In 1991, the introduction of the World Wide Web transformed the internet from a network of interconnected computers to an information system utilizing that network. In the intervening three decades, a handful of digital platform companies built upon that foundation to dominate internet services and soar to the top of the list of the world’s most valuable companies. Apple, Microsoft, Alphabet (Google), and Amazon are the four most valuable American companies and four of the top five most valuable companies in the world (Meta Platforms, the renamed Facebook, is number 10).
In a short period of time, these companies—collectively known as Big Tech—have leapt from an innovator’s idea to marketplace dominance and great wealth.
Clearly, Big Tech has won when:
- Apple controls 55% of U.S. smartphone sales and the App Store contains 2.18 million apps to download to those iPhones.
- Microsoft controls 70% of the world’s computer operating systems with 6 billion computers running Windows.
- Alphabet’s Android mobile operating system controls a 71% share of the global smartphone market while 92% of all search queries are performed on Google.
- Amazon has 39% of the U.S. e-commerce market, delivering over 4.75 billion packages per year in the U.S.
- Meta’s platforms (Facebook, Instagram, WhatsApp, and Messenger) each have over one billion users with 77% of global internet users using at least one Meta product.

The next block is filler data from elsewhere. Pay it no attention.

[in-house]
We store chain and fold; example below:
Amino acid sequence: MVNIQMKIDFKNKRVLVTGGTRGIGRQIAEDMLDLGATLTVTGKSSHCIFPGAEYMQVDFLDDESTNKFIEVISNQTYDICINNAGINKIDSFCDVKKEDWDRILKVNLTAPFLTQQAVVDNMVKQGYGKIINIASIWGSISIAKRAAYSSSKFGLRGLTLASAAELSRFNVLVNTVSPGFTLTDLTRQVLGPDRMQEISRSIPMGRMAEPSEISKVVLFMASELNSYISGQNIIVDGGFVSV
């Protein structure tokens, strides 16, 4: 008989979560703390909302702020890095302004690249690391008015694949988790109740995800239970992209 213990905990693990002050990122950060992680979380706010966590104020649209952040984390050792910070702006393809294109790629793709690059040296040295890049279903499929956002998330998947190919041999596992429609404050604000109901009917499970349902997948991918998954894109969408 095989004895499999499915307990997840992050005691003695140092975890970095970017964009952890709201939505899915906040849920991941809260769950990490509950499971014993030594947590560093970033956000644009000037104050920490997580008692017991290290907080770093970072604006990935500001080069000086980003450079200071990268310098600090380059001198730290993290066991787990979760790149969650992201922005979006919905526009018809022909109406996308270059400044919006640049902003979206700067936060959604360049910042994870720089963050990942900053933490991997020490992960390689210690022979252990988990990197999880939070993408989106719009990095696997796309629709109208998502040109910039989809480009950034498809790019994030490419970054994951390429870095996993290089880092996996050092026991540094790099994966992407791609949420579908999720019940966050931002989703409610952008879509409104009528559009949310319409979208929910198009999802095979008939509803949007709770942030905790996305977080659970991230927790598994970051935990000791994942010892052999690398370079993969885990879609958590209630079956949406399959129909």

Consumers have paid a price for this success. Yes, wonderous new products and services have been made available—but at what cost? What was formerly private personal information has been siphoned off by these companies (often without permission) to become a corporate asset. Control of that asset allows the companies to achieve and maintain market dominance and crush competition. The decision by those engaged in social media to curate online information for engagement rather than veracity has hammered truth and trust and threatened democratic processes.
The public knows who has won. A majority of Americans—of both political parties—feel Big Tech has too much power and influence.
Spoiler alert! We have been here before. Many of the abuses of today’s internet barons echo behavior by the industrial barons in the late 19th and early 20th centuries. In that instance, the federal government finally stepped up to constrain industrial abuses with new antitrust and consumer protection laws. Whether 21st century policymakers will similarly step up—especially as artificial intelligence becomes pervasive—is the challenge of the internet era.
Mark Twain dubbed the earlier era the Gilded Age. Not a “golden age,” but an age “gilded” with a thin layer of gold to make it appear more splendid than the reality. The gilding of new products covered the effects of new technology-based industrialization that destroyed local businesses, built monopolies, created great wealth, and accelerated the pace of life. Consumer harm abounded in unsafe products and worker exploitation. Fake news was rampant.